Green Your Lifestyle with 5 of the Most Sustainable Fabrics

You’re making great strides towards greening your lifestyle: you have a clean energy plan, make your own compost and even drive an EV. Next up on your sustainability journey — greening your wardrobe and home. From the living room to your closet, we’ve got five sustainable fabrics to consider when giving your home and wardrobe a subtle, ecofriendly update.

But before we jump right in, we’ll preface this by saying, there’s no such thing as a 100% sustainable fabric. However, some are greener than others. So there’s no need to rid yourself of everything, take baby steps. A good start might be to replace worn pieces with eco-friendlier options. Keep in mind that sustainable fabrics are biodegradable, contain natural fibers, require little to no pesticides, and are machine washable.

As a rule of thumb, fabrics that need to be dry cleaned or that are chemically treated are not sustainable. You’ll soon discover that all cotton isn’t created equal either.

  1. Cotton: It may be the fabric of our lives, but in its conventional form, cotton has its issues. For one, it bears a large water footprint that often becomes polluted with chemicals and dyes in production. In fact, it takes more than 2,700 liters of water to produce the cotton that makes one cotton tee. Organic cotton, on the other hand, uses far less water to produce and is grown without harmful pesticides and chemicals. Recycled cotton, made up of fabric scrap or second-hand clothing waste, eliminates the excessive water issues associated with cotton, and is arguably the best contender of the three.
  2. Hemp: Known as one of the most eco-friendly natural fabrics around, Hemp dates as far back as 8,000 B.C. Unlike cotton, it requires little to no pesticides to grow, and has the same look and feel as linen. It’s a cheaper alternative to cotton and is also soft to touch. Because of its natural resistance to pests, hemp is high yielding in growth and is healthy for soil. It’s also known to be a carbon-negative raw material that absorbs carbon dioxide from the atmosphere.
  3. Organic Linen: Organic linen and hemp have very similar properties. They’re both lightweight and breathable with the primary difference being that linen comes from the flax plant. The hollow flax fiber that linen is made from also helps to regulate body temperatures— it keeps you cool in the summer and warm in the winter. Linen thrives with very little irrigation, pesticides or fertilizer. And unlike hemp, it isn’t a high-yielding crop, and is more expensive. Its hypoallergenic and antibacterial properties make it a great choice for sensitive skin.
  4. Organic Bamboo: Bamboo is one of the fastest growing plants in the world and is considered 3-4 times more absorbent than cotton and has a softer feel. It replants itself and produces 35% more oxygen and absorbs five times more carbon than other types of trees. Bamboo is another one of those plants that doesn’t require pesticides, fertilizer or irrigation. Certified organic bamboo ensures that it’s grown in an environmentally responsible way. In addition to sheets, bamboo towels and bathrobes are highly sought after.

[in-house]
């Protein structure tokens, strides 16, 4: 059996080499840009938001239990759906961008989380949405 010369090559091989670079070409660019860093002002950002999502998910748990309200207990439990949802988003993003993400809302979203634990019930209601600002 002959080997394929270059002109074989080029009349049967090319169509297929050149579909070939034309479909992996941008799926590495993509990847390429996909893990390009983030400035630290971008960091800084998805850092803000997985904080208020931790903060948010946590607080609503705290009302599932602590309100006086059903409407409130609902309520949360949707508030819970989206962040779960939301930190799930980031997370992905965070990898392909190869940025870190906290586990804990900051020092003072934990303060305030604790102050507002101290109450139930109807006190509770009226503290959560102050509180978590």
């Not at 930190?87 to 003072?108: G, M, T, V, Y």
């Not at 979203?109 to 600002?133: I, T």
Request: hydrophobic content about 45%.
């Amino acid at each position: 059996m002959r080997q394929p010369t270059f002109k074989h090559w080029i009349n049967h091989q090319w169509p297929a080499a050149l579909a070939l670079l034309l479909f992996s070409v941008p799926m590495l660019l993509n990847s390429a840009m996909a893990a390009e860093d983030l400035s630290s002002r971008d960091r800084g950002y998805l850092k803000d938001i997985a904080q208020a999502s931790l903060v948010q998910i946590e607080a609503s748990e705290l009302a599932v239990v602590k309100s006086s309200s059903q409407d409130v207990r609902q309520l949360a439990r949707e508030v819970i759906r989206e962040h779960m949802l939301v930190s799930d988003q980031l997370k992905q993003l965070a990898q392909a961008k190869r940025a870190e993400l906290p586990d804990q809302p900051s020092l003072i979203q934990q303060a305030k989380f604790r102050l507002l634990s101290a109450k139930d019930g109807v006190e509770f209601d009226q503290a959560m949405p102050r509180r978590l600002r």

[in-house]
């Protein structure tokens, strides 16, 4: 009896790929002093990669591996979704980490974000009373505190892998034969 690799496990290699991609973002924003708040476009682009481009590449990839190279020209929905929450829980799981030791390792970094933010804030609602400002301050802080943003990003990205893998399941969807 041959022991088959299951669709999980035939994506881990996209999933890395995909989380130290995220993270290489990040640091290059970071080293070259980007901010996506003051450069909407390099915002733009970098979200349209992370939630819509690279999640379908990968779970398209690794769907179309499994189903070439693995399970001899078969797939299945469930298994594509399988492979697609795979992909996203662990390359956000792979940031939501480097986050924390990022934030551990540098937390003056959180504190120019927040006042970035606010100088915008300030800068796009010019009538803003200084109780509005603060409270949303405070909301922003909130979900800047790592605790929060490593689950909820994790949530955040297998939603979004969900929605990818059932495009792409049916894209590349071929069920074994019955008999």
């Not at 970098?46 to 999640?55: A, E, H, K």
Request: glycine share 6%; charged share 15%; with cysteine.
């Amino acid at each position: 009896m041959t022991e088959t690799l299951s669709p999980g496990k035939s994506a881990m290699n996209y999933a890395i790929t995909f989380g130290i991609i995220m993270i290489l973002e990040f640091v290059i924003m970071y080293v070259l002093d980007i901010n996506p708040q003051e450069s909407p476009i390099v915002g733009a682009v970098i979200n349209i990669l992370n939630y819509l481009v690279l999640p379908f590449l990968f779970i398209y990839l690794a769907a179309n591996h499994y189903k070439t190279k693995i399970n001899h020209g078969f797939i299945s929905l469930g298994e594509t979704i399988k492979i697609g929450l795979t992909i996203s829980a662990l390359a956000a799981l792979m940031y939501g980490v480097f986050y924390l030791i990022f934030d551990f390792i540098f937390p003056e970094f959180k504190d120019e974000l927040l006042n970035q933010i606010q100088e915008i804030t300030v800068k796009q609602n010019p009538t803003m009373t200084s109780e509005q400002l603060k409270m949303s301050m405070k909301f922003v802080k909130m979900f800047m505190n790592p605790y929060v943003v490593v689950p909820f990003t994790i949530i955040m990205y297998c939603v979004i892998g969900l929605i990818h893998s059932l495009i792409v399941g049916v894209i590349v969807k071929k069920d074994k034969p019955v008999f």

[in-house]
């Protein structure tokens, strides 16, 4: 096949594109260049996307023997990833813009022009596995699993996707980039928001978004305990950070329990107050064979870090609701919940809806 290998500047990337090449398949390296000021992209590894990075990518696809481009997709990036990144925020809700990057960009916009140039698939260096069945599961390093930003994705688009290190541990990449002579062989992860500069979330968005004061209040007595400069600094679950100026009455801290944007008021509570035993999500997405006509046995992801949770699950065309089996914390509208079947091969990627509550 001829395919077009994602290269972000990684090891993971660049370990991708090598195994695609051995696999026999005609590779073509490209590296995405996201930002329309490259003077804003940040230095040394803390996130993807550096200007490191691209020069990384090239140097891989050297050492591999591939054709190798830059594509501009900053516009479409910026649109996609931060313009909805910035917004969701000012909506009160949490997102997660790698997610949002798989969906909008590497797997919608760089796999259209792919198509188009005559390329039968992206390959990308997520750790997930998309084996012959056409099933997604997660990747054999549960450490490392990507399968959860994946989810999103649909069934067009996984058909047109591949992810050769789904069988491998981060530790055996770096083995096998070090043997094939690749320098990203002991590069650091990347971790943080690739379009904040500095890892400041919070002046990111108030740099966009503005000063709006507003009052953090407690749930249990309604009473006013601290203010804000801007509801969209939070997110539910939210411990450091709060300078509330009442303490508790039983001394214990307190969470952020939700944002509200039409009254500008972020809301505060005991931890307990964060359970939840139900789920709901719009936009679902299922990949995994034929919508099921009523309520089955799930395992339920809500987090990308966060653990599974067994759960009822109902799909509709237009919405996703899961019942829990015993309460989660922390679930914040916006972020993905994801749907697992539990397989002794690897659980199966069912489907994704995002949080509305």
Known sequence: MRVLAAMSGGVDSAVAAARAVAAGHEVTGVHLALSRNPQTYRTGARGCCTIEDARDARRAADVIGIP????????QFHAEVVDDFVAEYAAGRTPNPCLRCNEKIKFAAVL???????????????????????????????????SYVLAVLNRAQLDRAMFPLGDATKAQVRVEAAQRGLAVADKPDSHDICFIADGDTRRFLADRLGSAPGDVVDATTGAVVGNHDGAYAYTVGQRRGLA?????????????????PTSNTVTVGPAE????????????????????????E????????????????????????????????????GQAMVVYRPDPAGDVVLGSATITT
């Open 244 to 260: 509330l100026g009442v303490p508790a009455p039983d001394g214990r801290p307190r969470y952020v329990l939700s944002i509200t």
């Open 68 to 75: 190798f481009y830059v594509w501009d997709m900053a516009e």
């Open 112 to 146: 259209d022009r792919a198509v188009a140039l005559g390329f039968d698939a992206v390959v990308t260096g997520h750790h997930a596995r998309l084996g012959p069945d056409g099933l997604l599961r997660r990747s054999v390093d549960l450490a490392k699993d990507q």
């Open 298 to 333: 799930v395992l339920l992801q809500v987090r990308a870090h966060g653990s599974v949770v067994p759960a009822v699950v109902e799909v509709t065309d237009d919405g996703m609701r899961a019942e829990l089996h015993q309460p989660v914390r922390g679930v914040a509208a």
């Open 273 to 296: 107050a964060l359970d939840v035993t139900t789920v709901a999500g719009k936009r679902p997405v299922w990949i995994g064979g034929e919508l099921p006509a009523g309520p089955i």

5. Lyocell: Lyocell is a plant-based fiber made from semi-synthetic regenerated cellulose fiber and is manufactured from wood pulp. It is lightweight, breathable and a durable, soft fabric. It has moisture-wicking properties to keep you dry and cool in warmer weather and repels odors for a longer period than cotton does. Fashion brands are now looking to lyocell as the fabric of choice, and it’s the third most used man-made cellulosic fiber. It is often used for making eco-friendly dress shirts, towels and underwear.

Clothing is responsible for 3-6% of human produced carbon-emissions, according to ecostylist.com. This includes fabric production and doing laundry. Read our blog There’s an Eco-Friendlier Way to Do Your Laundry for tips on washing. Remember, the best sustainable fabrics are pesticide free, focus on recycling and reduce water waste. When you choose sustainable fabrics, you’re minimizing the overall damage caused to the environment. So, the next time your home or closet needs an update, consider shopping for eco-friendly clothes or sustainable furniture and you’ll be doing yourself and the planet a favor.

Wondering what to do with the preloved items you’re replacing for eco-friendlier options? Consider donating to a local nonprofit like the Houston Furniture Bank, a grant recipient of our nonprofit Sun Club®, that accepts gently used furniture and offers both pick-ups and drop-off services. Outside of the Houston area?  Goodwill, The Salvation Army and Habitat for Humanity, all offer pick-up and drop-off services as well. Be sure to check each organization’s donation guidelines to ensure eligibility.